By Casey Duncan, AmeriCorps member working at Community to Community in Bellingham, WA
As part of my service as a Community Health Promoter I volunteer with Community to Community’s youth empowerment program, Raices Culturales (Cultural Roots). Raices Culturales is a bi-lingual, multi-cultural program for Latino farm worker youth in Whatcom County, ages 6 to 12 years. It provides a structured and safe space for healthy play and educational activities around healthy food and sustainable lifestyles. The youth are allowed to grow and feel whole within themselves by gaining pride in their cultural identity and exploring the interconnectedness of all peoples in Whatcom County.
This past Saturday I had the opportunity to participate in a Capoeira lesson with the Raices Culturales youth. A Capoeira Master came up from Seattle to teach the youth about Capoeira. He began by telling us of his memory of seeing people “play Capoeira” in the streets of Brazil growing up. He casually stood on his head and explained the history of this martial art form. Capoeira was derived from the music, dance and traditions from the African slaves in Brazil. The originators of Capoeira disguised this martial art as a dance in order to practice and eventually used Capoeira to defend themselves from their oppressors and free themselves.
The Capoeira Master asked the youth to explain what a slave was. What was slavery? Do slaves have rights? Are slaves paid? Are slaves happy? All of the youth emphatically answered, "No, No, NO!" And then the Capoeira Master asked, “Where does slavery exist today? Are there slaves in the United States? Can you be a slave sitting watching Television?” The youth all listened, but were unsure how to answer. He imitated a person watching T.V., stuffing his face with imaginary potato chips and his head and neck craned forward to watch an imaginary screen. He then commented, “They are telling you how to think, just pay attention.” I thought to myself, is this message sinking in with the kids?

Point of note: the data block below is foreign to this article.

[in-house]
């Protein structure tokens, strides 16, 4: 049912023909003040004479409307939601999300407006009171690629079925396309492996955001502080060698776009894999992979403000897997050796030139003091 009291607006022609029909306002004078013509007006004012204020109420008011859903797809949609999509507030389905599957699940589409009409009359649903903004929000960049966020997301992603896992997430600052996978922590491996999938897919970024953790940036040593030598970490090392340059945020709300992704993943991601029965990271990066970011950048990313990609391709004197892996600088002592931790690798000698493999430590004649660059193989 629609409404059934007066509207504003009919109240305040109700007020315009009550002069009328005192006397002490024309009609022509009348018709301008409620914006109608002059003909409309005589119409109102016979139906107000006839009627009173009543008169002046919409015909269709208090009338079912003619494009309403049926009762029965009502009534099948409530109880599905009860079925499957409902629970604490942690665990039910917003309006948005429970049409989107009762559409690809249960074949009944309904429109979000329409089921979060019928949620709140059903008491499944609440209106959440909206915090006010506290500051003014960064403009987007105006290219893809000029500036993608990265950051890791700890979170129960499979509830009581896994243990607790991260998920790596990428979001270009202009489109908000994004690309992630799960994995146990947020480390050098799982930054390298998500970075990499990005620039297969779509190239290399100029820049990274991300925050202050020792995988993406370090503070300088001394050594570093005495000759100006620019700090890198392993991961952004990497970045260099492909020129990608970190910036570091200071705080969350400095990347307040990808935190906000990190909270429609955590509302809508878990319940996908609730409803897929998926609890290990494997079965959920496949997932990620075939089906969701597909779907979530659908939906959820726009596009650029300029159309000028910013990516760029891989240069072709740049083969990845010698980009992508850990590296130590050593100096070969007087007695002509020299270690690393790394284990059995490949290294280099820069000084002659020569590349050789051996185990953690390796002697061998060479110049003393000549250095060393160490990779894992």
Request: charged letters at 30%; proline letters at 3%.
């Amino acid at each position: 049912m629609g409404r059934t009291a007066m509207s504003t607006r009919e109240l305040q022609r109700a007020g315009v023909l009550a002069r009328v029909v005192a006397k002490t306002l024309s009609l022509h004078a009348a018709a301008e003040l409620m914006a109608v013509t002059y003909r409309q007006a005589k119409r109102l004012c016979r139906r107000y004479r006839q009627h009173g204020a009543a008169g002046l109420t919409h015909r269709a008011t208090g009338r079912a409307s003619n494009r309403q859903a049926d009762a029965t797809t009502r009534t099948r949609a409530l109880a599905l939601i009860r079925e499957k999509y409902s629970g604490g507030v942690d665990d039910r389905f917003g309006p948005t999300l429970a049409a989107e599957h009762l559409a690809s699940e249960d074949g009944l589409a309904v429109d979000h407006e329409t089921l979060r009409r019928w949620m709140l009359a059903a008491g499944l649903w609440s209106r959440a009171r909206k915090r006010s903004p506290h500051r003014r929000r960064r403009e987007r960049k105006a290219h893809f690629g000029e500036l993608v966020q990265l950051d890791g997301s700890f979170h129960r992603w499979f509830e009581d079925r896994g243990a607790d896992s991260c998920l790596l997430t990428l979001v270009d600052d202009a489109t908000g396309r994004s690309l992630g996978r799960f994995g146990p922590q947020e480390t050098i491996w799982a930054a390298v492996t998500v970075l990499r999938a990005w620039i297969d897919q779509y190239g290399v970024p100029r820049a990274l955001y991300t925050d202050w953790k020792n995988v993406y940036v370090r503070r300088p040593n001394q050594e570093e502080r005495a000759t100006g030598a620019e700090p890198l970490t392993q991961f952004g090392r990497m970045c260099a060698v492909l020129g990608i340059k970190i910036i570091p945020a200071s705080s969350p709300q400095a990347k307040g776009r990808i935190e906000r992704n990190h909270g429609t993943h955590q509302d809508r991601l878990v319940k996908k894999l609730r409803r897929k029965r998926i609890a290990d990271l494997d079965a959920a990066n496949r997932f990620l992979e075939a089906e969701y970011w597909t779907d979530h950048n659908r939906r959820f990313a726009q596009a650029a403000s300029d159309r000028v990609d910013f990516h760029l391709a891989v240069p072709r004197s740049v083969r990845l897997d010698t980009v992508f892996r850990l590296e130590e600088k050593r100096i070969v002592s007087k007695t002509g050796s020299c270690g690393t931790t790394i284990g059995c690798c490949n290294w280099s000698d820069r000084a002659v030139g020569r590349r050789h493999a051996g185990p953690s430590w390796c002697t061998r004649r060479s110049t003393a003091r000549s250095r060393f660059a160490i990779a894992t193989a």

We spent the next hour learning the different movements of Capoeira and how to play a few of the instruments together. We encouraged each other to try the different movements: walking on our hands, making small cartwheels and ducking under kicks. We all had a great time, laughing and playing Capoeira. After thanking the Capoeira master and the Western Washington University Capoeira club for spending the afternoon with us, the youth ran energetically into the van. We immediately talked about how much physical work Capoeira was just as the youngest member of our group requested to go to McDonald’s because he was “SO hungry." My heart sunk. Monica, another AmeriCorps member, and I have been making healthy lunches for the Raices Culturales group since September. Was I naïve to think that this would influence their food choices? How could an experience as small as eating a healthy meal from scratch, outweigh the influence of the collectable “Happy Meal” toys and McDonalds Playpens? I was at a loss of what to say, so I thought back to my days as a preschool teacher where I was trained that the role of the teacher is not to provide the answers or tell a child how to think, but rather to provoke the thoughts and ask the questions. Children are the best teachers of their peers.
So as we drive home, I asked the youth: What do you think about what the teacher about watching TV making us slaves? What do you think he meant by this?
12 year-old: Well he didn’t mean this literally. T.V. doesn’t exactly tell you what to think but, advertising can influence you. It can influence you in a good way or a bad way. Like, it’s good when advertising tells you to exercise.
Me: That makes me think about all those ads that tell us how smoking is bad for us. That’s an example of advertising that can influence a person in a positive way. What’s an example of some advertising that can influence us in a negative way?
12 year-old: Well, McDonalds.
7 year-old: See, I told you! Let’s get McDonalds.
12 year-old: No, that’s not what I said! McDonalds is bad for you.
7 year-old: Why?
12 year-old: Because if you drink a milkshake it has like 200 calories.
Me: So why is that bad for you? What are calories and how do they affect your body?
12 year-old: Well it can make you fat, like if you eat too much of it. And those hamburgers have a lot of fat in them and they can give you diabetes.
Me: What is diabetes?
12 year-old: It’s when you get fat and you eat too much junk food your sugar (he gestures to the veins on the underside of his forearm) goes up.
Me: What causes people to get diabetes? Can anyone get diabetes?
10 year-old: My cousin has diabetes, and when he had to have the surgery, they said it was because of the oil.
12 year-old: Yeah, the grease, like the grease in the food we eat.
Me: What can people do to prevent getting sick?
9 year-old: Eat more vegetables!
All the kids then listed off all of the junk foods that should be avoided. And the 12 year-old concluded with: Don’t eat McDonalds, well maybe only sometimes like once in a while.
After this conversation with the youth, I am reassured. These youth are the Health Promoters of their generation. I am proud they are questioning the world around them. They have been paying attention all along and they are not convinced that advertisers are always telling the truth.